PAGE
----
Plaintiff next argues the ALJ erred in failing to properly consider his cervical spinal impairments, and further misrepresented and/or mischaracterized the evidence regarding these impairments in his decision. In addressing Plaintiff's cervical spine impairments, the ALJ stated that "[t]his is a recently identified impairment, and there is no evidence that the claimant's cervical spine was particularly symptomatic as there is no evidence that he sought treatment for his neck or headaches prior to the April/May 2011, [sic] timeframe." (Tr. 17). The ALJ stated that "the first evidence that he complained of neck pain occurred after he obtained an MRI of the neck in April 2011 and this showed degenerative disc disease of the cervical spine." (Tr. 18). The ALJ then found that Plaintiff's allegations failed to satisfy both parts of the symptoms analysis mandated by SSR 96-7p "due to the absence of significant objective and laboratory medical findings which provide confirmation of an impairment(s) that could reasonably be expected to cause the subjective complaints." (Tr. 19). He "allowed that [Mr. Powell] may have some mild discomfort associated with his spine." (Tr. 17). SSR 96-8p provides that the "RFC assessment is a function-by-function assessment based upon all of the relevant evidence of an individual's ability to do work-related activities." As Plaintiff argues however, the above statements are not supported by the record.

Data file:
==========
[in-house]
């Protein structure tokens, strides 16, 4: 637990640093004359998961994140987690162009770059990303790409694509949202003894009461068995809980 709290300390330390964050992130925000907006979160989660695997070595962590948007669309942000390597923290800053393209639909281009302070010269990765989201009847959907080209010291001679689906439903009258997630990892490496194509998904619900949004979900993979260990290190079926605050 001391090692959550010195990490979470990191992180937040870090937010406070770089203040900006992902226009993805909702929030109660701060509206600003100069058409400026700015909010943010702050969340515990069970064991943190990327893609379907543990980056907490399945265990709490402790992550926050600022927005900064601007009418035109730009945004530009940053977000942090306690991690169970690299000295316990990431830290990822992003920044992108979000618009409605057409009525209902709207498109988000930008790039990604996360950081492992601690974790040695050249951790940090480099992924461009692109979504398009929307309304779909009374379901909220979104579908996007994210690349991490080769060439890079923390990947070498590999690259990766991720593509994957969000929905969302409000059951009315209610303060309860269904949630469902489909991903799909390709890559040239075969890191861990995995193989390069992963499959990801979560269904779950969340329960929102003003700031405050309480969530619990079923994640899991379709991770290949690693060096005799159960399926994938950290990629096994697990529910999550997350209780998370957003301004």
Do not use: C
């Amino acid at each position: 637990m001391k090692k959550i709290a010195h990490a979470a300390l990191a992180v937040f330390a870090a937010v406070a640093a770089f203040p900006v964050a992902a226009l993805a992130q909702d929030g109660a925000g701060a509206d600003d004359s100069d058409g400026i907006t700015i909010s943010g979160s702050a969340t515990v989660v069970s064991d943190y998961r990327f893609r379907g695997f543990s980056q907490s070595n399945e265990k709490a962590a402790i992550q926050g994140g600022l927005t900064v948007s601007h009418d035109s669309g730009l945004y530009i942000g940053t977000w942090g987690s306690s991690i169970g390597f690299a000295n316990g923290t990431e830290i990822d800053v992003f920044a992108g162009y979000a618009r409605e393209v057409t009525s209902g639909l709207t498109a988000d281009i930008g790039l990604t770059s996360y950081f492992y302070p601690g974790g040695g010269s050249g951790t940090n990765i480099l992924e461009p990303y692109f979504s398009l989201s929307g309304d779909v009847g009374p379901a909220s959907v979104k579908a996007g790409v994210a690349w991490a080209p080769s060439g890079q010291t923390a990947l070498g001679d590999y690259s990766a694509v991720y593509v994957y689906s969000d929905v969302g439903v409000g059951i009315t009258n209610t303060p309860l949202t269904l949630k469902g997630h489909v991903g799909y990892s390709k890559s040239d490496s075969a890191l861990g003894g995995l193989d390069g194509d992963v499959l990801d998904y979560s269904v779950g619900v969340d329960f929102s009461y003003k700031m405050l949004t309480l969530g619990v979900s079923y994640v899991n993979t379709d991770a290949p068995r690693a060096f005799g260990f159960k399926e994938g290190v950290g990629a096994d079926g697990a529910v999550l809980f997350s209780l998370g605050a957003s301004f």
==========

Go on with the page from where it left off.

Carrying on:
First, while the ALJ stated that Plaintiff had difficulties or sought treatment for his neck pain and headaches prior to April or May 2011, the treatment notes from April show that x-rays of his cervical spine from a couple of years prior showed anterolisthesis of C4 on C5 with moderate multiple degenerative disease (Tr. 231). The ALJ stated that Plaintiff did not complain of neck pain until after his MRI was performed which showed degenerative disc disease (Tr. 18). However, as Plaintiff argues, this MRI would not have been performed unless Plaintiff was reporting significant symptoms and, in fact, the MRI report specifically states that it was being performed due to "neck pain radiating into the shoulders, both hands and both upper extremities." (Tr. 255); (see also Tr. 230-231) (documenting his complaints). Further, the ALJ's finding that there is no significant objective evidence confirming an impairment that could reasonably be expected to cause the subjective complaints is contradicted by the MRI of Plaintiff's cervical spine (See Tr. 19). Significantly, this MRI revealed abnormal alignment with reversal of lordosis indicating paraspinal muscle spasms, anterior spondylitic spurring spanning from C3 through C6 intervals, disc osteophyte complex at C4-5 with complete effacement of the thecal sac and mild impingement on the ventral cervical spinal cord, as well as moderate bilateral neural foraminal stenosis, and a right eccentric disc osteophyte complex at C5-6 with severe right foraminal stenosis and effacement of the ventral thecal sac (Tr. 255-257). This is certainly "significant objective evidence" confirming Plaintiff's cervical spine impairment which could reasonably be expected to cause his subjective complaints. As such, the ALJ's conclusory assertion to the contrary is inconsistent with the medical evidence of record. Likewise, the ALJ's finding that this impairment results in only "some mild discomfort associated with his spine" is not supported, especially in light of these extremely significant MRI findings and Mr. Powell's persistent complaints of neck pain, headaches, and upper extremity pain and numbness since at least April 2011 (See Tr. 17).